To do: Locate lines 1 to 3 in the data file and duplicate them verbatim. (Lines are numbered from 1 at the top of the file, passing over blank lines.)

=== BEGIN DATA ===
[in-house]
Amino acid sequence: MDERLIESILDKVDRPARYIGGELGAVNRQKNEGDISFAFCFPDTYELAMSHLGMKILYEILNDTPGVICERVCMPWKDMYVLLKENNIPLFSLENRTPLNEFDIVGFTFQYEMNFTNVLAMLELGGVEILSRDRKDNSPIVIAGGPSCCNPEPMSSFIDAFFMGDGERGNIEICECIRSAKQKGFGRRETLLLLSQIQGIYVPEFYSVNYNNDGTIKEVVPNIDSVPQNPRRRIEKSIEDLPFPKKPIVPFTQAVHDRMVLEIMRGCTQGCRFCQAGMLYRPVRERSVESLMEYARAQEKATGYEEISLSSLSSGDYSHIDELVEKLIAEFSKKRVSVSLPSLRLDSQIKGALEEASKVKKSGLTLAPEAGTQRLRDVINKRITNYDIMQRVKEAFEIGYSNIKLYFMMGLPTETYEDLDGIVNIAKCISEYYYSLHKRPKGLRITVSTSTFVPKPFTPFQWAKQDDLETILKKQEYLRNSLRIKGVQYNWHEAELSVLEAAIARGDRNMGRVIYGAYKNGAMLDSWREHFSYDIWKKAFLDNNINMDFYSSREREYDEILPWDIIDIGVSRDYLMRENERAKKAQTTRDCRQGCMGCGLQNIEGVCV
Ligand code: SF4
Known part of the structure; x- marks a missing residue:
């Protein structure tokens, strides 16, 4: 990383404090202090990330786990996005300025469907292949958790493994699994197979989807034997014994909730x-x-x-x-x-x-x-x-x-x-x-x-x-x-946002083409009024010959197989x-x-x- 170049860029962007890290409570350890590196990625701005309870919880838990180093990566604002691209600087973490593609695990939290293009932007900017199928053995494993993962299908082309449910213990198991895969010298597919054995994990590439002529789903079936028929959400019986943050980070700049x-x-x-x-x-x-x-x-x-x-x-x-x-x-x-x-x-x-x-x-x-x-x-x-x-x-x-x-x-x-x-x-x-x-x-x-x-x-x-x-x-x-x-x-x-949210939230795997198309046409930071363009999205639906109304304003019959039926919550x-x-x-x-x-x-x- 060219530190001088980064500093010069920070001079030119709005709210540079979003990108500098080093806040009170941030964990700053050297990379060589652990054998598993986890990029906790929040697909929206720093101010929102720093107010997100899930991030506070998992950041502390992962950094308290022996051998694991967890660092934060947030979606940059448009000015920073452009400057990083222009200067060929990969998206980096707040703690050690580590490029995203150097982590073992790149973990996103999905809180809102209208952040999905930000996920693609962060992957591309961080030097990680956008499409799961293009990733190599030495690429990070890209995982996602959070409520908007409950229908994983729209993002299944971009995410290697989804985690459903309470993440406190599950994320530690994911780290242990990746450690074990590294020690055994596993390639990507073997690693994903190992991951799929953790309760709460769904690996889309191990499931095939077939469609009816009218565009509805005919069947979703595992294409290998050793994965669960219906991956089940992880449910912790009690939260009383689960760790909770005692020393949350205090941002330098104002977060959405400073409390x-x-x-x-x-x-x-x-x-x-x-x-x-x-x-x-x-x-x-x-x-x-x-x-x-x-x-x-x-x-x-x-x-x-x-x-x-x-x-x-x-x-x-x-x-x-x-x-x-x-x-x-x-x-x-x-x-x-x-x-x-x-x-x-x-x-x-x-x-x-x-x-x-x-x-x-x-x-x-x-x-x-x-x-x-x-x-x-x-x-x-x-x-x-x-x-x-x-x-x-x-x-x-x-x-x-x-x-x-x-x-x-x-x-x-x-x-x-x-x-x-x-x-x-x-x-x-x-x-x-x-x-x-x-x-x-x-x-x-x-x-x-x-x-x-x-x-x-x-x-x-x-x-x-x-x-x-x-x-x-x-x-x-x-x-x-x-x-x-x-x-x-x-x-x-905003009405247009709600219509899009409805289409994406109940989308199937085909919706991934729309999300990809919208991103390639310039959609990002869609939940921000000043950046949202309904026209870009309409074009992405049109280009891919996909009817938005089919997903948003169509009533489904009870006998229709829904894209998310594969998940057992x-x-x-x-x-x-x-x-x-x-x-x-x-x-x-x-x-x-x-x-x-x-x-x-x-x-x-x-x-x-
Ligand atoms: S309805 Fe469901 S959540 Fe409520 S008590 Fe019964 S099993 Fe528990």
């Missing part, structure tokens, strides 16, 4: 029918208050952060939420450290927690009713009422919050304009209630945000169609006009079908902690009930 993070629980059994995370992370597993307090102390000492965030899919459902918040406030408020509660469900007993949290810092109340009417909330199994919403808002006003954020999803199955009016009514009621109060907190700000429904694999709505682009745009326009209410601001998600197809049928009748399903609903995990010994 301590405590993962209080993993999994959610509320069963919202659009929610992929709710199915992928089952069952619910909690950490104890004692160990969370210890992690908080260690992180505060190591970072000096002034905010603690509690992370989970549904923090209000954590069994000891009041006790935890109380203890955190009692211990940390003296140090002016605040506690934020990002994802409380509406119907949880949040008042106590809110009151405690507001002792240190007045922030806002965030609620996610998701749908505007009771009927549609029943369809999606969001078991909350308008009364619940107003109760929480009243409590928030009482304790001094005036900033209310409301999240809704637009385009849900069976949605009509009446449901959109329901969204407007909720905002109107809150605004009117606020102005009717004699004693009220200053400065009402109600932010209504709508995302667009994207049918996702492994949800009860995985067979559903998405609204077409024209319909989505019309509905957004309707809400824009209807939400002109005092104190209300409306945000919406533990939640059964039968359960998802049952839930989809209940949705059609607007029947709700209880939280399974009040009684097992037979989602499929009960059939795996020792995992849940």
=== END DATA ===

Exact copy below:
[in-house]
Amino acid sequence: MDERLIESILDKVDRPARYIGGELGAVNRQKNEGDISFAFCFPDTYELAMSHLGMKILYEILNDTPGVICERVCMPWKDMYVLLKENNIPLFSLENRTPLNEFDIVGFTFQYEMNFTNVLAMLELGGVEILSRDRKDNSPIVIAGGPSCCNPEPMSSFIDAFFMGDGERGNIEICECIRSAKQKGFGRRETLLLLSQIQGIYVPEFYSVNYNNDGTIKEVVPNIDSVPQNPRRRIEKSIEDLPFPKKPIVPFTQAVHDRMVLEIMRGCTQGCRFCQAGMLYRPVRERSVESLMEYARAQEKATGYEEISLSSLSSGDYSHIDELVEKLIAEFSKKRVSVSLPSLRLDSQIKGALEEASKVKKSGLTLAPEAGTQRLRDVINKRITNYDIMQRVKEAFEIGYSNIKLYFMMGLPTETYEDLDGIVNIAKCISEYYYSLHKRPKGLRITVSTSTFVPKPFTPFQWAKQDDLETILKKQEYLRNSLRIKGVQYNWHEAELSVLEAAIARGDRNMGRVIYGAYKNGAMLDSWREHFSYDIWKKAFLDNNINMDFYSSREREYDEILPWDIIDIGVSRDYLMRENERAKKAQTTRDCRQGCMGCGLQNIEGVCV
Ligand code: SF4